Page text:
Filastin was Palestine’s most prominent and best-selling newspaper during the first decade and-a-half of the Mandate. Headquartered in Jaffa and owned by 'Issa Da'ud al-'Issa, its circulation reached about 3,000 copies per issue in 1929. However modest, this figure was at least double that of Filastin’s nearest competitor. The combined circulation of leading Arabic newspapers in Mandatory Palestine for that year was an estimated 12,500 copies, representing a 250% increase over 1914. Still, this was a modest consumption scale compared to Lebanon, for example, which had a population similar in size to that of Palestine but a total newspaper circulation of 68,000.  At this juncture, then, the Palestinian press was still at an early stage in its development.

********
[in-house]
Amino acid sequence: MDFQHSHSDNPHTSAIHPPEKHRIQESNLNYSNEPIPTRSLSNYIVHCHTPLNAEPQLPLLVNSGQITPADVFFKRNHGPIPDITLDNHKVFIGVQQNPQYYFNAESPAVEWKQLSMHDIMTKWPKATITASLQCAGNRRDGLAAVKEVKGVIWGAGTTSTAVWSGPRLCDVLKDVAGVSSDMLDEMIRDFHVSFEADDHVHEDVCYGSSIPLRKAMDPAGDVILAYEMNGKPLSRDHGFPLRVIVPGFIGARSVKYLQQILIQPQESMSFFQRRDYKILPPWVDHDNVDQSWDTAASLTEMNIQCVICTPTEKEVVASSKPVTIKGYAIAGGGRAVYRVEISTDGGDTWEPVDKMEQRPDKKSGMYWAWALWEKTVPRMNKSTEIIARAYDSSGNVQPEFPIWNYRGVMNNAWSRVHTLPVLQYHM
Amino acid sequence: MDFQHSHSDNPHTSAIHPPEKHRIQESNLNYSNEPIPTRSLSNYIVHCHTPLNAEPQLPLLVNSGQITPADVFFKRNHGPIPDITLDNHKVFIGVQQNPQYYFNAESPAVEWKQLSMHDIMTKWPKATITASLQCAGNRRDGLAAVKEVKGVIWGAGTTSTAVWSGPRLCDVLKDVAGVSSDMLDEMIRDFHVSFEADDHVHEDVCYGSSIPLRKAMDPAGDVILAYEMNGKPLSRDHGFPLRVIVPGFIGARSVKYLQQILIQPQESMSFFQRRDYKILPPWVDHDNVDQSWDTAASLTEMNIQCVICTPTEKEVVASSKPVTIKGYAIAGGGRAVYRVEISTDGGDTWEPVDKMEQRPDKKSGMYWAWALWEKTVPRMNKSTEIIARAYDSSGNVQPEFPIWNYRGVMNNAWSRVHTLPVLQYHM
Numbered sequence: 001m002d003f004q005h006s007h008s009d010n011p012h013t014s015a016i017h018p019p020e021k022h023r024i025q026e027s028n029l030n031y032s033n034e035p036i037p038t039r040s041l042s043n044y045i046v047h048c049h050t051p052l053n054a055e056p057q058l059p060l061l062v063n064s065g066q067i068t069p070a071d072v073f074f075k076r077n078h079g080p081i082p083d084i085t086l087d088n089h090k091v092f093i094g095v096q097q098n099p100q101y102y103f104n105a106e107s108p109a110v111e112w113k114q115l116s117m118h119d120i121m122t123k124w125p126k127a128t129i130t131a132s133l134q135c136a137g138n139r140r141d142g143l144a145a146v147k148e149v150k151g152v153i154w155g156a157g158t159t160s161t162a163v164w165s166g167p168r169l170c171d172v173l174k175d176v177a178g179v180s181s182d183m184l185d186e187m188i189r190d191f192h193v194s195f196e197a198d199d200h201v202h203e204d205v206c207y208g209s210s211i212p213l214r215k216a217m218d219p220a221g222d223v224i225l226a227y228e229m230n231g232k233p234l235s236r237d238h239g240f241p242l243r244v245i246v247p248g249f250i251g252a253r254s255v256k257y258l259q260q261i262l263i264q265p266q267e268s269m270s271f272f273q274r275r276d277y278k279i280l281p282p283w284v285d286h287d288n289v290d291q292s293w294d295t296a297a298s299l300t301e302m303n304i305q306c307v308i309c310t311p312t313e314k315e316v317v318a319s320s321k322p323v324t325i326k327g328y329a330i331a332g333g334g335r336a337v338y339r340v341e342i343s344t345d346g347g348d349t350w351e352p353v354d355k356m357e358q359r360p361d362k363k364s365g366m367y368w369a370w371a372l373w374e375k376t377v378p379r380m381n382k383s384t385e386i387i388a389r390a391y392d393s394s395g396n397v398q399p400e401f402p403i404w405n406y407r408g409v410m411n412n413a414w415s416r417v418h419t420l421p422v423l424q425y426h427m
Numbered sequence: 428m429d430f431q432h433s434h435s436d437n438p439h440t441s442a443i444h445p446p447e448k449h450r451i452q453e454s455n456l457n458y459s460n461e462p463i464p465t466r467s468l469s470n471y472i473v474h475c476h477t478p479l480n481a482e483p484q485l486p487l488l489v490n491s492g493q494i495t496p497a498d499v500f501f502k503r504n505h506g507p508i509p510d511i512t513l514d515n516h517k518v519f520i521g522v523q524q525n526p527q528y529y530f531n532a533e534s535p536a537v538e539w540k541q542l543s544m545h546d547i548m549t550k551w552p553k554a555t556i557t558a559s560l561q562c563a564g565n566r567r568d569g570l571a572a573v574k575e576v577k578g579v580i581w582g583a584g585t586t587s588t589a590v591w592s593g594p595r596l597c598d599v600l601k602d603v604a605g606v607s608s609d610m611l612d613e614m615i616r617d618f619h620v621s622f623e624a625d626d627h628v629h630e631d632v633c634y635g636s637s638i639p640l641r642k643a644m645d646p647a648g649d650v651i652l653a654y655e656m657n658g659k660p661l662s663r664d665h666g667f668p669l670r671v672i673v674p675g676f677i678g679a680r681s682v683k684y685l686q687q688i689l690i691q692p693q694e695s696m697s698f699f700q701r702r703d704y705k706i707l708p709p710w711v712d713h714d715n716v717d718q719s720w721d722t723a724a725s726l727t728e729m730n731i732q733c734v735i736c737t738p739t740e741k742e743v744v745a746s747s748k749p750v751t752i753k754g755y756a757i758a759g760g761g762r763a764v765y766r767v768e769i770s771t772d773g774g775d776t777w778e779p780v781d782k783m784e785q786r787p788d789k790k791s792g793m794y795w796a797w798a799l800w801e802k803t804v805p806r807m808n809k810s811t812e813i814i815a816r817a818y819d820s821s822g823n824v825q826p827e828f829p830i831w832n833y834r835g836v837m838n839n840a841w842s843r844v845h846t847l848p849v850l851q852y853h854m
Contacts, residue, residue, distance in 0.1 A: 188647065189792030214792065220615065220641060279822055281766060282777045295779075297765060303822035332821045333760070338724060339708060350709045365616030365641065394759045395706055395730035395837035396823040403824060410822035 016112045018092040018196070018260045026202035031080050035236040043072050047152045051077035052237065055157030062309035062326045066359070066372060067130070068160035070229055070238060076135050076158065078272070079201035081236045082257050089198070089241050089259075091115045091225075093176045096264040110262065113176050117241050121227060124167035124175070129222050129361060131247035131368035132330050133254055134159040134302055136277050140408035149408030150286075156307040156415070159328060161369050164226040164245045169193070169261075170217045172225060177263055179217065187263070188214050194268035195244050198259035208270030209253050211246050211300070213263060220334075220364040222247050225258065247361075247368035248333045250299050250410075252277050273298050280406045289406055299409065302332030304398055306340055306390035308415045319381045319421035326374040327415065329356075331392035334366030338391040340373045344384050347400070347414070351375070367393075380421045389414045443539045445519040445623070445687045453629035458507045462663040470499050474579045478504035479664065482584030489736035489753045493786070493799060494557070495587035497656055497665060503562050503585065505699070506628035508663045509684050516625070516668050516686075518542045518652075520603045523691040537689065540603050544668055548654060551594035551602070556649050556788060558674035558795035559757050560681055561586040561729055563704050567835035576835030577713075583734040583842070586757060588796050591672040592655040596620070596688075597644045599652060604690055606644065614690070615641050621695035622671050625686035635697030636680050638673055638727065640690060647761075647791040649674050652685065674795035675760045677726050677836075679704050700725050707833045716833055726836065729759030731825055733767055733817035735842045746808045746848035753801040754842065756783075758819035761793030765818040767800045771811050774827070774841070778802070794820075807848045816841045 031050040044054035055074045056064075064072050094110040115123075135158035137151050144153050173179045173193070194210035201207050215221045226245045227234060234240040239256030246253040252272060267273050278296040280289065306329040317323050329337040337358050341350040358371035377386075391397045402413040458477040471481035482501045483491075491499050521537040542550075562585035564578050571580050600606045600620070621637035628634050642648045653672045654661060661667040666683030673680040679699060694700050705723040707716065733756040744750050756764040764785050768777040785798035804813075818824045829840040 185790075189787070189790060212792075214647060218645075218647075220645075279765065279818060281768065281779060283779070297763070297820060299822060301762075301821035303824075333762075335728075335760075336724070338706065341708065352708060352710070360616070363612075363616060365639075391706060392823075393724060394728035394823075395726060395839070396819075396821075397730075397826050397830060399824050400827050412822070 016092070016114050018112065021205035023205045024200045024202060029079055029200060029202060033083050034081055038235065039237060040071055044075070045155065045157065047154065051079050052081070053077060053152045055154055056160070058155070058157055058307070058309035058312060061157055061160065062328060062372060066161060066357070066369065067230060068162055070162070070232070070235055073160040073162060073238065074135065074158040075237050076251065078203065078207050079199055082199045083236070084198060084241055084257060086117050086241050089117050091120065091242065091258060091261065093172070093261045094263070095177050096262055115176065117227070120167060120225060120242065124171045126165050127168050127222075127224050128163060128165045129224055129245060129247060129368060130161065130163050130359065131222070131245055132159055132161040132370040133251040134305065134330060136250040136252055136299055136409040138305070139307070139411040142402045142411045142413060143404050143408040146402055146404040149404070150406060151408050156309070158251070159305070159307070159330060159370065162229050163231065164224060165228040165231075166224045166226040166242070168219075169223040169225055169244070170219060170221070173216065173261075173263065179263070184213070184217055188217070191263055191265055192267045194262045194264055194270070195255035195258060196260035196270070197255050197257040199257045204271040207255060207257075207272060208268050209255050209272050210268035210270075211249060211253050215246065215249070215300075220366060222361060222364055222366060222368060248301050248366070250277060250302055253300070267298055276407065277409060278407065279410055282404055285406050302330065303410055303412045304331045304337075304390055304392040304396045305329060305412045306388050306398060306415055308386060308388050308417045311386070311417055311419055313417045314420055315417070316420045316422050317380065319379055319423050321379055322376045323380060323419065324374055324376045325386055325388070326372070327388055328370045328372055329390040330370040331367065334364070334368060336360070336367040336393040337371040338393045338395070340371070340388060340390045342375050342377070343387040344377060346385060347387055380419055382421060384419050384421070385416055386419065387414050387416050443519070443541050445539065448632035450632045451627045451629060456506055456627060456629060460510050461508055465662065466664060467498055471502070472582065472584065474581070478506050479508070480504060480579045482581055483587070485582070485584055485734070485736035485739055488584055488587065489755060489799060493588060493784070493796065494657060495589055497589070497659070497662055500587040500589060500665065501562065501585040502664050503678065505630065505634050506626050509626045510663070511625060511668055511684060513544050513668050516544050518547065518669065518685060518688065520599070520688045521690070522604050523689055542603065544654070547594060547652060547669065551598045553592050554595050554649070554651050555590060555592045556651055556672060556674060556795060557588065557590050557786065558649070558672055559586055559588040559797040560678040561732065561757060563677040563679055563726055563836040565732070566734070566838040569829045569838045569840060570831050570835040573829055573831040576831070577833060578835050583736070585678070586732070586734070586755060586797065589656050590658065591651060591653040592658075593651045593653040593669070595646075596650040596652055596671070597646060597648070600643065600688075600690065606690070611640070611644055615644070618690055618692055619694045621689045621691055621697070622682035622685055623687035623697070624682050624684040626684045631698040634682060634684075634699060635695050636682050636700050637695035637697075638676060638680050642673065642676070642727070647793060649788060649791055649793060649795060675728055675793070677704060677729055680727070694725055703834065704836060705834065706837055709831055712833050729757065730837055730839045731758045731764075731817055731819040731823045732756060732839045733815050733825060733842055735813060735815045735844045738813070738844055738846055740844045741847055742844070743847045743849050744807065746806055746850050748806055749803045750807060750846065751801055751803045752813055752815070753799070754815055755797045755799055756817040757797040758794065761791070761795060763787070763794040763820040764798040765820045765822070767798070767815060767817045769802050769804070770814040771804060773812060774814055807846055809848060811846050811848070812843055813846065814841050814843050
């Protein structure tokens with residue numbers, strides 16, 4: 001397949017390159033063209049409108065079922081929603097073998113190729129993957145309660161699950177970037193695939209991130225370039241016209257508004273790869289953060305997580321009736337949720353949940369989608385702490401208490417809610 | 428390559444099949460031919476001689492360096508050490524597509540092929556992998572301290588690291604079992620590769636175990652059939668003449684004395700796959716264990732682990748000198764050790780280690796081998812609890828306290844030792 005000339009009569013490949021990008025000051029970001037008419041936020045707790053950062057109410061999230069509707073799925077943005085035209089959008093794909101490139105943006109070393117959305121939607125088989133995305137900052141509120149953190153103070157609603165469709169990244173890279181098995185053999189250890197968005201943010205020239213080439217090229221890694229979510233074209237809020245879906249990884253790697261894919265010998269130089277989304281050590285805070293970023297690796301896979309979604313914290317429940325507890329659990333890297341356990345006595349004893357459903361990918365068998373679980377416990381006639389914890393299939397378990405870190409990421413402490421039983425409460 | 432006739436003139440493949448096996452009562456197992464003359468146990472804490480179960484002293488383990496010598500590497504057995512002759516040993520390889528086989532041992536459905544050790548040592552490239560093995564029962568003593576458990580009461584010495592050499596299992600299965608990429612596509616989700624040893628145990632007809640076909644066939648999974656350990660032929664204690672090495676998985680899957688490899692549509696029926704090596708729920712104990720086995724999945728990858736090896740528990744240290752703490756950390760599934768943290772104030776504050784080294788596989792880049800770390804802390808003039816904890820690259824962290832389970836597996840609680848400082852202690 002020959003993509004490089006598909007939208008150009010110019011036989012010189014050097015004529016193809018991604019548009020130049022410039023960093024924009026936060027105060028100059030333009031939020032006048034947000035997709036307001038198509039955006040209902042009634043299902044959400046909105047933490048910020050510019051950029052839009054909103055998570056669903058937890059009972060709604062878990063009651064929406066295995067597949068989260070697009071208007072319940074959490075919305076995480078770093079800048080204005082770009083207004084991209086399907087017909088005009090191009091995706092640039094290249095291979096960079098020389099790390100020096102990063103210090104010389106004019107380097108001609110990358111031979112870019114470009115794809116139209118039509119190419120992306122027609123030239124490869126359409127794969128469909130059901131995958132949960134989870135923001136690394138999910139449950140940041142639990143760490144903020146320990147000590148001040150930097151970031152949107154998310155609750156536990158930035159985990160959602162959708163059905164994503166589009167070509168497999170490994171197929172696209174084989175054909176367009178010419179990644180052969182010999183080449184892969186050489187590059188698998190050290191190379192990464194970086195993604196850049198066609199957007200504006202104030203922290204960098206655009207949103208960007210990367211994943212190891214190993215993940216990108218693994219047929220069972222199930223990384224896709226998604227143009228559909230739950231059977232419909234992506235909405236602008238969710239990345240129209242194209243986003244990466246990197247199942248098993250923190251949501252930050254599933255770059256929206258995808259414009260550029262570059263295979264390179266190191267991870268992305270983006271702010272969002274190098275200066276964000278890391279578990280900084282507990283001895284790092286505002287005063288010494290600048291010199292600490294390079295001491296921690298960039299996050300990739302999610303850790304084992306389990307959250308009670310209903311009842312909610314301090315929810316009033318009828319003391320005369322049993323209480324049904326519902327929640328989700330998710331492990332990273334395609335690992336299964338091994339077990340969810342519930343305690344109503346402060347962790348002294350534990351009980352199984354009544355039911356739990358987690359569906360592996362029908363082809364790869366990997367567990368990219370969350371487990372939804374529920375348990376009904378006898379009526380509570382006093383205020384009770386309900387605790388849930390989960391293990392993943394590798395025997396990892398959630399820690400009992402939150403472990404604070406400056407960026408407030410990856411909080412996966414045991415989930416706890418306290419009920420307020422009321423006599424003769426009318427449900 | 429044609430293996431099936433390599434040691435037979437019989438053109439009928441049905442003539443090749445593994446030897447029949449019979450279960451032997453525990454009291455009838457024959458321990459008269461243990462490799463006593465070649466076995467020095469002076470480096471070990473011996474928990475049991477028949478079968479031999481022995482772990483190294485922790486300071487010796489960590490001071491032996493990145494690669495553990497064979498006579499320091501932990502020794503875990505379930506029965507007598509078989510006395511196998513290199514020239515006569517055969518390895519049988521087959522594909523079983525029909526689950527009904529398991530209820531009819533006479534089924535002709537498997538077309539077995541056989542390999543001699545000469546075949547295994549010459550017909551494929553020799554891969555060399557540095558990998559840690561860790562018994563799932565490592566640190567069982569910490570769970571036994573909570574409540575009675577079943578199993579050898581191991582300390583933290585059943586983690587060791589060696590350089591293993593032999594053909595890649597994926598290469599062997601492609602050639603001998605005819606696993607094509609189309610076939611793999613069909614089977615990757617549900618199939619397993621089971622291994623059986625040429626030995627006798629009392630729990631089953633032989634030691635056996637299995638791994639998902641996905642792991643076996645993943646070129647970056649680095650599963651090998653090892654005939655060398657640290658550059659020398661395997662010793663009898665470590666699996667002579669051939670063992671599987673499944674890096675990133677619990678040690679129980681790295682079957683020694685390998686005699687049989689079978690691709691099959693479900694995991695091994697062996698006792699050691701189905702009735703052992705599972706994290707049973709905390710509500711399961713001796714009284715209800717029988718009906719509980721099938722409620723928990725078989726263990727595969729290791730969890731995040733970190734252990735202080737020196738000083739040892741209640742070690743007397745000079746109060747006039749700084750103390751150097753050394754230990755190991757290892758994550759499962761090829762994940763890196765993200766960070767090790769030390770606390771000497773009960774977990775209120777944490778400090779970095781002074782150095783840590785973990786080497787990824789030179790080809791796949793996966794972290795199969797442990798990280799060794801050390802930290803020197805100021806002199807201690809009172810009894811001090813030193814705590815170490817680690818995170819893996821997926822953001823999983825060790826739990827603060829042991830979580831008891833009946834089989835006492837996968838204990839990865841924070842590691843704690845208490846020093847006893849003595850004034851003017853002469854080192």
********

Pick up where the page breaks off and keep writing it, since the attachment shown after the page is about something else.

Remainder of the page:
The violence that shook the country in 1929 constituted a turning point in its history. It signaled the beginning of a tense period in the relations between the three main protagonists — the Arab populace, the Zionist-Jewish Yishuv, and the British authorities. This hostility culminated in the Palestinian strike of 1936 and the ensuing Arab Revolt, which lasted until 1939. Developments in the press reflected this shift. As early as September 1929, with the ebbing of that summer’s bloodshed, some of the leading Palestinian newspapers moved from a weekly or semi-weekly frequency to daily appearance, and increased the number of pages per issue. In April of 1934, a new Jaffa-based paper, al-Difa', entered the stage and soon challenged the standing of Filastin as the country's top daily. Before too long, the ambitious new publication equaled and then surpassed Filastin’s circulation (in part thanks to its owner, Ibrahim al-Shanti, being a Muslim as distinct from the established Christian identity of its rival). The competition between these two papers was a mark of Palestinian public life until the end of British rule. It contributed to the steady improvement in the technical and journalistic quality of both dailies, as well as an upswing in sales. By the mid-1930s, each of the two papers was already reaching between 4,000 and 6,000 copies a day.